High Voltage’s The Grinder has effectively been labeled as “Left 4 Dead on the Wii,” focusing as it does on co-op undead shooting action. High Voltage definitely wants to bring that kind of game to the white waggle box, but when we asked the Left 4 Dead developer how it felt about The Grinder, we were met with what can best be described as hopeful skepticism.
“I’m very interested in social gaming. Left 4 Dead is social gaming,” explains writer Chet Faliszek. “One of the reasons why we’re on Steam and Xbox Live is because those platforms deliver that, they deliver hooking up with your friends. I have no idea how you’d do that on the Wii. I mean, I can be sitting there, watching Netflix on my 360, I see a popup saying that someone online who I know is playing Left 4 Dead, and I can go join them. How am I doing that on the Wii?
“Left 4 Dead couldn’t have existed ten years ago without the technology to hook you up with your friends as easily as we do now. Even QuakeWorld, when that first came out it was this huge thing because you could hook up with any stranger, but it still didn’t let you connect to your friends and there was a lot of work on that and on Steam, we had a lot of iterations of friends lists because it’s not an easy problem to solve, there are a lot of things to want to do right.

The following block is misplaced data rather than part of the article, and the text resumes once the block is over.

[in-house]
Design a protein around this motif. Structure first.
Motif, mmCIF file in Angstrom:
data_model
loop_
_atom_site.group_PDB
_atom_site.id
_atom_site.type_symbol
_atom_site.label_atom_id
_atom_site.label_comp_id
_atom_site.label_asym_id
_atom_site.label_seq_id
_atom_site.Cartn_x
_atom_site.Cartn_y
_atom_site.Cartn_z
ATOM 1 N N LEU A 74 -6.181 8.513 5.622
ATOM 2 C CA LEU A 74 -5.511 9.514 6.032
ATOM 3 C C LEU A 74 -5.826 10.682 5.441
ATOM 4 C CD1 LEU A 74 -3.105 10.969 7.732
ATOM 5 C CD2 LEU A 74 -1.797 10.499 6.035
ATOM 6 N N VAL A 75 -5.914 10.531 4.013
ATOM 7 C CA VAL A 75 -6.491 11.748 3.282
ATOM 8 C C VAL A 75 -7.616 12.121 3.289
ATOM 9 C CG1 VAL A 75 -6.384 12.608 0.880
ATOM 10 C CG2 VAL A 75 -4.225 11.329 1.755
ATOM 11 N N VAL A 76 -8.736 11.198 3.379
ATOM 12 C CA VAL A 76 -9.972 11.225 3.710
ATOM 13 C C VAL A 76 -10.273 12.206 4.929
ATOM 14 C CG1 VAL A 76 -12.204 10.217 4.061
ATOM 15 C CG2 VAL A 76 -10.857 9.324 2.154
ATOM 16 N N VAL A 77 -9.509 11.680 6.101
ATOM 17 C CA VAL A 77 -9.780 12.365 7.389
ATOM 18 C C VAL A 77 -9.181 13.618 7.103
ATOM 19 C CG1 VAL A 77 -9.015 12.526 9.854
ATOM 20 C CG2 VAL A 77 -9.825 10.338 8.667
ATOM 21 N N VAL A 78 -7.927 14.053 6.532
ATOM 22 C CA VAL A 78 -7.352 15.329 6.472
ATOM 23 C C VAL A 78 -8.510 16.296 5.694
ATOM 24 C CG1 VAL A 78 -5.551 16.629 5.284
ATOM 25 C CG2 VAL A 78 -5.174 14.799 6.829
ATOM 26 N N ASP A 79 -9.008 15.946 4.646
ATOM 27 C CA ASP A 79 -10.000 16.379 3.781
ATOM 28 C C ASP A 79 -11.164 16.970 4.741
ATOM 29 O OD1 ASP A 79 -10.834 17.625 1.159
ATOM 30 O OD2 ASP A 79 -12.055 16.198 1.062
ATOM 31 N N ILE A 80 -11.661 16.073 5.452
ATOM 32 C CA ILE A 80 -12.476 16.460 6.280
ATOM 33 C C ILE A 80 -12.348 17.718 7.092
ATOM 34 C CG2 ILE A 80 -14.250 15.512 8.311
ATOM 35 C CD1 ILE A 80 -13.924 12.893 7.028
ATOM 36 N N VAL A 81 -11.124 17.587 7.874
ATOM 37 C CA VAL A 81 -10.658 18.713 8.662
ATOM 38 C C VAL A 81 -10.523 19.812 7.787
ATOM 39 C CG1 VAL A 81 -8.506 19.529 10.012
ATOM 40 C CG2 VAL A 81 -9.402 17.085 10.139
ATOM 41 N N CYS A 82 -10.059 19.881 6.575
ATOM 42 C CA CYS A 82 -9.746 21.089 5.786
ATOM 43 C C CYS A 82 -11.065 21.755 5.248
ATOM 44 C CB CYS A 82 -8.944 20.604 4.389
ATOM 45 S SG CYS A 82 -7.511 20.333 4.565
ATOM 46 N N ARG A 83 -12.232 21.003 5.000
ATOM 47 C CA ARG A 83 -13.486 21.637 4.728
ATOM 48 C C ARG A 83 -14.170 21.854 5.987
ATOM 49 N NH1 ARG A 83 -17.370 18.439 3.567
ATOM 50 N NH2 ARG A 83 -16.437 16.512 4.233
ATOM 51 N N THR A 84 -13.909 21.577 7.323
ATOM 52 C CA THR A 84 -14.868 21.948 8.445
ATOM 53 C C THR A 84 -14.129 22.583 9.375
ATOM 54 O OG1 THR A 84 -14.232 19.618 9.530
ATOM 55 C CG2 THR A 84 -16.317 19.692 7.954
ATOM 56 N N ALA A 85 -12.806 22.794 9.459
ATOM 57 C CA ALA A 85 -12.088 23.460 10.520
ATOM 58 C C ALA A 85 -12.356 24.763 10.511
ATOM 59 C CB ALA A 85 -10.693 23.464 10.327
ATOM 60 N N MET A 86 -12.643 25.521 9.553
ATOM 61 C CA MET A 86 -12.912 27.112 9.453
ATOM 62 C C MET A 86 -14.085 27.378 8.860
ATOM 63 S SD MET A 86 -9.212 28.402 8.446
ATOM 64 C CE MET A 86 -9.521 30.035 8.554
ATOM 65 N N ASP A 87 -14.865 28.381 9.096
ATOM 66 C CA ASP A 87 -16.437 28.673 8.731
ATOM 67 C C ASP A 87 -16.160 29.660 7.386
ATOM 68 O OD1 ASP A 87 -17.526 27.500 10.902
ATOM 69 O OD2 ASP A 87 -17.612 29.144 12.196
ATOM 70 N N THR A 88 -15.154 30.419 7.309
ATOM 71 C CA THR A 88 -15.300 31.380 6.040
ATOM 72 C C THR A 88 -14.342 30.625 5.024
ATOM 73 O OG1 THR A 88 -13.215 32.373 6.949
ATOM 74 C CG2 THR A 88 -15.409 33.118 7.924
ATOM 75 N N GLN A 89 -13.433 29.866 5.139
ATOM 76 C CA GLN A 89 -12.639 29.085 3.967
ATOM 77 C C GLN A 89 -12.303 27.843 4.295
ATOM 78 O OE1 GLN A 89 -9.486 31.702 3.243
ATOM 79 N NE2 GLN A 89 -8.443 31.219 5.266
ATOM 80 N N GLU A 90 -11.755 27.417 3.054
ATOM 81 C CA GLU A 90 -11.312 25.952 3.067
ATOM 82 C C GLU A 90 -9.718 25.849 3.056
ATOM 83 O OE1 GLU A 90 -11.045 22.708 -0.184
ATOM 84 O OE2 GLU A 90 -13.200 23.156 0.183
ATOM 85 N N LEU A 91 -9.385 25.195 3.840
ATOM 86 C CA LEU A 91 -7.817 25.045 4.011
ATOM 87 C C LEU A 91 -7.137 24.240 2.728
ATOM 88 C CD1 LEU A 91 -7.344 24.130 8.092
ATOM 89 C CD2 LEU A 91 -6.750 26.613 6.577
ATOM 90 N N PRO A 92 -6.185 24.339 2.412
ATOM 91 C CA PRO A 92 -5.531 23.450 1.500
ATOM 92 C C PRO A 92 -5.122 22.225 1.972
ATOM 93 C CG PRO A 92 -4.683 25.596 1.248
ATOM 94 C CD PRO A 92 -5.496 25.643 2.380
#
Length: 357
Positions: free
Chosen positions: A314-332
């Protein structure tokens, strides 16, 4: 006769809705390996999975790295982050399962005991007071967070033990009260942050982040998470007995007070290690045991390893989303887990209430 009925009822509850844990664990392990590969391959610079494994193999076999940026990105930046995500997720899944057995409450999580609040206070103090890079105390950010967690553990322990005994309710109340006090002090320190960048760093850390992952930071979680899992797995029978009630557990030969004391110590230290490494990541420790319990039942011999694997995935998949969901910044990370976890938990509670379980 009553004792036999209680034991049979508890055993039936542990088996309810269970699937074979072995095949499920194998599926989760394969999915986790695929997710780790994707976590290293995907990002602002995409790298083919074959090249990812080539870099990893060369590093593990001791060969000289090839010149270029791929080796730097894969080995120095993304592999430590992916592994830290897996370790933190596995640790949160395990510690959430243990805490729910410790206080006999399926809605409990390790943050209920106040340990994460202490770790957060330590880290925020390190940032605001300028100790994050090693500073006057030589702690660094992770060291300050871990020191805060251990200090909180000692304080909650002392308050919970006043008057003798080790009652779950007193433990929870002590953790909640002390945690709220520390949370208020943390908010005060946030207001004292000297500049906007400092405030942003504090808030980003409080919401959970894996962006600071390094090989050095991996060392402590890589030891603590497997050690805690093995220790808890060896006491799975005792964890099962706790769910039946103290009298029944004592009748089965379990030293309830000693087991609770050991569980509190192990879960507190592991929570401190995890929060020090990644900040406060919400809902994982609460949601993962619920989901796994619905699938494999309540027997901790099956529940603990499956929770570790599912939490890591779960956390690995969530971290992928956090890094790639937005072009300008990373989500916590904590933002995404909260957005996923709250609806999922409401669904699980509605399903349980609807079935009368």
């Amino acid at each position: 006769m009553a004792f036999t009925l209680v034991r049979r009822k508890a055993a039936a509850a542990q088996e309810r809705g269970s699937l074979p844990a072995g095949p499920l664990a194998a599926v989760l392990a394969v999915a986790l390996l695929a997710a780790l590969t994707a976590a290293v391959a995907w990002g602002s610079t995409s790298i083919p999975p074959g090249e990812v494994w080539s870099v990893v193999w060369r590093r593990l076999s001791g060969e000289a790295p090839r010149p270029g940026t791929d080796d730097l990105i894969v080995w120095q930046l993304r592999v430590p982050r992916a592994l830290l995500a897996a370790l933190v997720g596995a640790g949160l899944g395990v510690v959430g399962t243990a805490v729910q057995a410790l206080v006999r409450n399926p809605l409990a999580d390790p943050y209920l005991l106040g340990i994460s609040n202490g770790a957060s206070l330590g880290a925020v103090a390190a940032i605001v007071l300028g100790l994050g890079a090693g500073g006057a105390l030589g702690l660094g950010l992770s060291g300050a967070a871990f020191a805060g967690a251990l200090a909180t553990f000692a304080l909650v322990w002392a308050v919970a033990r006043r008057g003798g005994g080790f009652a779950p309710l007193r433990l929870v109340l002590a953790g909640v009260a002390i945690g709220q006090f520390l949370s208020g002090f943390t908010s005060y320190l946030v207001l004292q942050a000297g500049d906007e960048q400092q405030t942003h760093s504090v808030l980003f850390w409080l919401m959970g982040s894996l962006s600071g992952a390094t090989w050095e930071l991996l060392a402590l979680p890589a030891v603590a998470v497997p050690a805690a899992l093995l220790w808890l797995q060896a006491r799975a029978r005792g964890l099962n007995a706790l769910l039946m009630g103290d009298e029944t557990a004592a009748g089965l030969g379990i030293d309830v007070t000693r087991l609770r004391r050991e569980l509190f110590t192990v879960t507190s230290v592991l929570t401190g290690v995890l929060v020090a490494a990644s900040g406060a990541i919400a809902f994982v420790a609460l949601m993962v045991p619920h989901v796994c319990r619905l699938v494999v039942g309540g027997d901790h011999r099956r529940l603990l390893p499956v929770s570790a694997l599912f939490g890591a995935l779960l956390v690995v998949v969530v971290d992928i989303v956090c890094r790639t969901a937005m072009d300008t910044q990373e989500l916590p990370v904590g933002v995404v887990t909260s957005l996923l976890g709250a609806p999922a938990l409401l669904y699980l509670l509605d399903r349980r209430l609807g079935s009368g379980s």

“I don’t know if those other platforms are doing that yet, so when I see a game coming out like that on the Wii, I just wonder, ‘how’s that gonna work?’ Best of luck to them, that’s totally cool and if it’s a cool game I’ll definitely buy it and figure it out, but I don’t know how that works. I think it’s hard to discount how powerful the Xbox Live community and Steam community are.”
It will indeed be interesting to see how well The Grinder fares on Wii. The Wii’s interface may be able to handle the gameplay aspect of a co-op shooter, but the social aspect is indeed a crucial part of Left 4 Dead, and if you can’t easily hook up with friends, there won’t be much point at all. We’ll have to see how it goes.